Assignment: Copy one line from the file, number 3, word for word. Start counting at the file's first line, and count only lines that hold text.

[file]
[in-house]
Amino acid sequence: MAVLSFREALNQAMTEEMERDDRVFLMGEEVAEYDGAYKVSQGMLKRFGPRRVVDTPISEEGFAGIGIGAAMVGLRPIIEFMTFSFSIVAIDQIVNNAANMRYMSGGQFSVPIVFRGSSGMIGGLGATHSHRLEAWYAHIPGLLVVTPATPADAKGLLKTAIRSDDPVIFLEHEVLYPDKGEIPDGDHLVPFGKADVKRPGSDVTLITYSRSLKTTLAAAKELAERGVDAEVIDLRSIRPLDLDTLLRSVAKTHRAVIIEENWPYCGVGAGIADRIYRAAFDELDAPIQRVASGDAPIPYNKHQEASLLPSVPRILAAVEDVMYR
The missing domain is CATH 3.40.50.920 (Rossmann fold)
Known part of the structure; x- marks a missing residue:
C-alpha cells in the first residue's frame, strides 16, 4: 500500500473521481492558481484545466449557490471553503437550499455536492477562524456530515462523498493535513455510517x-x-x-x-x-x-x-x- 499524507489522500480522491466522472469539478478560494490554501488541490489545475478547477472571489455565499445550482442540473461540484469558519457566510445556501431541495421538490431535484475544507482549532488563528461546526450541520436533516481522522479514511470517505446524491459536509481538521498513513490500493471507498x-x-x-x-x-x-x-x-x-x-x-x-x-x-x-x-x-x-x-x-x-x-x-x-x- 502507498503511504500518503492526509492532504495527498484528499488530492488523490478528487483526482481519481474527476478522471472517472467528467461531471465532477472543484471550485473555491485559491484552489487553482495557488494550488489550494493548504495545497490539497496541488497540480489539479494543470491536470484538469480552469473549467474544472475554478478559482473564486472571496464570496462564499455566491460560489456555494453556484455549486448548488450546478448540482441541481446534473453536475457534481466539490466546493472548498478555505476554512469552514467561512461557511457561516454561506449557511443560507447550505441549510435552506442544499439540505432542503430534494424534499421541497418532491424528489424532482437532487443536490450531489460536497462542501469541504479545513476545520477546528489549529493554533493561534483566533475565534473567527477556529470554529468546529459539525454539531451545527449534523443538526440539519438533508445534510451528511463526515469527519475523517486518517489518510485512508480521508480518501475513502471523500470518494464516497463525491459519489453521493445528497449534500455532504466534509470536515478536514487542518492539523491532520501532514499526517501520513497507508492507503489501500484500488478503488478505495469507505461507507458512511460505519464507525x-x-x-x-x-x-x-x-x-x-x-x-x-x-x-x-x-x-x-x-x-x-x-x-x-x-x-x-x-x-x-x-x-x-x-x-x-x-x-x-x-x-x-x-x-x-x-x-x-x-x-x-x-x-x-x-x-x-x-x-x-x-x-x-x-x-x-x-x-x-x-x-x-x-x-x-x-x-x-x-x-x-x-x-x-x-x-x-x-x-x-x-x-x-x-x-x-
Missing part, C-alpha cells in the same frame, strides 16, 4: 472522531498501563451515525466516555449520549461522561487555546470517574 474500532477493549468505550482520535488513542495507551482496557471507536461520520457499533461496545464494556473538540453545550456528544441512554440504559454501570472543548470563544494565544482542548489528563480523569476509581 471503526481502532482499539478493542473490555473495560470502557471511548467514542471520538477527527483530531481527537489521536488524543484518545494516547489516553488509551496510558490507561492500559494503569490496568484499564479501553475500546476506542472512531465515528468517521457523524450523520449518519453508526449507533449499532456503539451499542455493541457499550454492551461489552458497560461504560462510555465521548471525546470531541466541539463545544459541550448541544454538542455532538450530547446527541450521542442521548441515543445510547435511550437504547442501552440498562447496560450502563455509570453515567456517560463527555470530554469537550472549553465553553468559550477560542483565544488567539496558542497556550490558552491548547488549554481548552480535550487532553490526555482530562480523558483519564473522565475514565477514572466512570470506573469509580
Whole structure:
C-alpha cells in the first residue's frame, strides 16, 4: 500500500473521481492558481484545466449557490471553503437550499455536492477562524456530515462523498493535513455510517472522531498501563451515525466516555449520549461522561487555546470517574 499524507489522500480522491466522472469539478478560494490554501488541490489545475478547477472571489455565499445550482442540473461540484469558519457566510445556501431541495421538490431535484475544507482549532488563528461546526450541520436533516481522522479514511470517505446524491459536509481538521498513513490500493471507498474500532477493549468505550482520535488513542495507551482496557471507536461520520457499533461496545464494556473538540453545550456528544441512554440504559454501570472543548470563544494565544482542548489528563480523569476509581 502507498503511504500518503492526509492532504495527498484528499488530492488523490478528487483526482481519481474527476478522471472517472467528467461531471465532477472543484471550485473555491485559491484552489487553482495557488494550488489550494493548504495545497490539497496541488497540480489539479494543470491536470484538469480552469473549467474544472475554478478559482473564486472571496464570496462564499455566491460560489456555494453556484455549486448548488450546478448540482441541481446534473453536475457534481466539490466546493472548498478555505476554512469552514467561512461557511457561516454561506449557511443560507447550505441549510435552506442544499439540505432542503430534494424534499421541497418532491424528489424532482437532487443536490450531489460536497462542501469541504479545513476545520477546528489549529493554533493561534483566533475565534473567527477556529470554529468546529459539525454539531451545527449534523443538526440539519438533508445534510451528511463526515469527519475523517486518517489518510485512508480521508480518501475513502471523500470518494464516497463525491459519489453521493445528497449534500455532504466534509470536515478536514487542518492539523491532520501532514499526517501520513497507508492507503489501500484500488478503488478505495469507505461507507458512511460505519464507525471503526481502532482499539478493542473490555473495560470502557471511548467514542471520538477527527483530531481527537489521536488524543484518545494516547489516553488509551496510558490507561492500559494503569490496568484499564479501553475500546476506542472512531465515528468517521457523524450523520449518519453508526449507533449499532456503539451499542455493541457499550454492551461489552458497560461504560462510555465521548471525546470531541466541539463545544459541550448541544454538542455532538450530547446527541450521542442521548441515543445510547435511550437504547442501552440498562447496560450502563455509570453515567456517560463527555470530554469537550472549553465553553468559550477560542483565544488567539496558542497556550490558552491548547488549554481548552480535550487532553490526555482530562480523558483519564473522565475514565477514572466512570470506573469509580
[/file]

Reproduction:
The missing domain is CATH 3.40.50.920 (Rossmann fold)